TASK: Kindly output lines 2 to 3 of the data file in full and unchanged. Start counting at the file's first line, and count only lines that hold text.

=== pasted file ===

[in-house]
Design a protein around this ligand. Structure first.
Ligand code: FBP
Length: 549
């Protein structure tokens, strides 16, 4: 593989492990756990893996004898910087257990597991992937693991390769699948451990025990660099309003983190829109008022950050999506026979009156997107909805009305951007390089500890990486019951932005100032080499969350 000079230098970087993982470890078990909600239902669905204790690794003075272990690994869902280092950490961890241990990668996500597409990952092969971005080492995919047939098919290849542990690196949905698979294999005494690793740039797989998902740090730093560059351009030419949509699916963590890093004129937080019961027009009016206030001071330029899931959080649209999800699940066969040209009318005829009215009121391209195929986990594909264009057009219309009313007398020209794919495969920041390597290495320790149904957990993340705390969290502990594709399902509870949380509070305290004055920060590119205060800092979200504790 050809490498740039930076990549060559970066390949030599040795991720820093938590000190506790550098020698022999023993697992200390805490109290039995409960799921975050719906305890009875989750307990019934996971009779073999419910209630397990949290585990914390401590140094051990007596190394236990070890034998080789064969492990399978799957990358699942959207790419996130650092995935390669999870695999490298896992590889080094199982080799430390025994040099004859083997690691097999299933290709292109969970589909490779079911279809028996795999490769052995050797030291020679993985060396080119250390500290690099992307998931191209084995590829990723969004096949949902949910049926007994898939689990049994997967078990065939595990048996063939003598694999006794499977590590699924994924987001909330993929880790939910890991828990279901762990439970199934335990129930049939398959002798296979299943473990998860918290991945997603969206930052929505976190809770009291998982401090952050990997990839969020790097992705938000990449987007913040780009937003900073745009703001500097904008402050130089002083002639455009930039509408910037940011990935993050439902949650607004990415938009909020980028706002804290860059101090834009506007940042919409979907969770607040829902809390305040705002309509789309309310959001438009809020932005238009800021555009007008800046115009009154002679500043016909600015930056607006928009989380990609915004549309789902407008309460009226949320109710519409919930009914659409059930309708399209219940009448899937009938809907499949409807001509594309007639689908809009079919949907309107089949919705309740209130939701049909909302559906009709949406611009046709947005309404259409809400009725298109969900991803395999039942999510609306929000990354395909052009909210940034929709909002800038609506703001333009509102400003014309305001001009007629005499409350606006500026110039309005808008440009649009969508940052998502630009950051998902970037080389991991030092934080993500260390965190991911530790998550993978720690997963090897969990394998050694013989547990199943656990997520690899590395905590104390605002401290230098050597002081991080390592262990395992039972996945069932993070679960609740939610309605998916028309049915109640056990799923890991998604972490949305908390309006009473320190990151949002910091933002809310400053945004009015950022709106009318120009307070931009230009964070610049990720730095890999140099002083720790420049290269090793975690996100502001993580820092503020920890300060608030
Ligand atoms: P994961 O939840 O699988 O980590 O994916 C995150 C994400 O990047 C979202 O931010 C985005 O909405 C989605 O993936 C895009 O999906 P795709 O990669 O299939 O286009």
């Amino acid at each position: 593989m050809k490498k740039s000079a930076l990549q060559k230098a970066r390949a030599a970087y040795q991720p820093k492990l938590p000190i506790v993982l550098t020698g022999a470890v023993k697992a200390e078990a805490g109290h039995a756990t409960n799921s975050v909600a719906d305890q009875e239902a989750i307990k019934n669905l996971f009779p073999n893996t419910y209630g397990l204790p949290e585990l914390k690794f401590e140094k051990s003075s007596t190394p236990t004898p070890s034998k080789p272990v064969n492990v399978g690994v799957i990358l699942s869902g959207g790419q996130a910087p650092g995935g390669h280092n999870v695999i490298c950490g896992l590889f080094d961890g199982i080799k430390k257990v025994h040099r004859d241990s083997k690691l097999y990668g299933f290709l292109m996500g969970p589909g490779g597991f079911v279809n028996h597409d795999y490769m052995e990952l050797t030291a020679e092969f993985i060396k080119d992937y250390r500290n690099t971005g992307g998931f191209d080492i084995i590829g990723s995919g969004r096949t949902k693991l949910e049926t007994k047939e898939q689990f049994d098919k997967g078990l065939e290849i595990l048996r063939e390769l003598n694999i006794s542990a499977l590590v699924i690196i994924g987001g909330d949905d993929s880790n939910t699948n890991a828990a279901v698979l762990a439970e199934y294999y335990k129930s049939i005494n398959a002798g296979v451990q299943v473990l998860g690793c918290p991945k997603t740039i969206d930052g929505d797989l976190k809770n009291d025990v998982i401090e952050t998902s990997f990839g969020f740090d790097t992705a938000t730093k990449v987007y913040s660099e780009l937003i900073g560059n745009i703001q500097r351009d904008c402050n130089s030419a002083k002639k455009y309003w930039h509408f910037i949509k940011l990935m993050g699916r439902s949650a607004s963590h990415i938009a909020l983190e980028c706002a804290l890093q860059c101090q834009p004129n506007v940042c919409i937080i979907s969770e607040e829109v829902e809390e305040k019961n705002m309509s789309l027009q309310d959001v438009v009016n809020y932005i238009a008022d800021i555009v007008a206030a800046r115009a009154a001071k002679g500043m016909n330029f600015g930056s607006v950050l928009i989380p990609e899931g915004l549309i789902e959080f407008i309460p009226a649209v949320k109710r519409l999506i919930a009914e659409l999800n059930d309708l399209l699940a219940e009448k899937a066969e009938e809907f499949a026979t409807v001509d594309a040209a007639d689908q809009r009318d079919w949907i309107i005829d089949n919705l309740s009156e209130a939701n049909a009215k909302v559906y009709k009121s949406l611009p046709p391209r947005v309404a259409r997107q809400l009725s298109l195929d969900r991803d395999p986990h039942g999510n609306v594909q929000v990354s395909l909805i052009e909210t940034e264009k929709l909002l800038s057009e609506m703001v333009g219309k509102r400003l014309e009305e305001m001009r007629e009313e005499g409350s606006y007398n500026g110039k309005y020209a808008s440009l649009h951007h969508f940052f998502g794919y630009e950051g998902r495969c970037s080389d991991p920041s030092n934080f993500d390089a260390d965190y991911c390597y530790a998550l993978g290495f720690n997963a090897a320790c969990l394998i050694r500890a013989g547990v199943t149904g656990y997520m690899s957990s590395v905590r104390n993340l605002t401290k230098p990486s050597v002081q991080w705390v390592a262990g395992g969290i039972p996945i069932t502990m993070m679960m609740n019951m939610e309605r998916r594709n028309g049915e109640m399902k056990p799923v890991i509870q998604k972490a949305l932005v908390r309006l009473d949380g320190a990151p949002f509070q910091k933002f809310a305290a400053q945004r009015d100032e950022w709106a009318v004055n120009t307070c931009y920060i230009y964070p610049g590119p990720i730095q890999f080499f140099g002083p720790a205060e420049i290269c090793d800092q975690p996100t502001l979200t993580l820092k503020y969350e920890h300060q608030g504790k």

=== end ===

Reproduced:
Design a protein around this ligand. Structure first.
Ligand code: FBP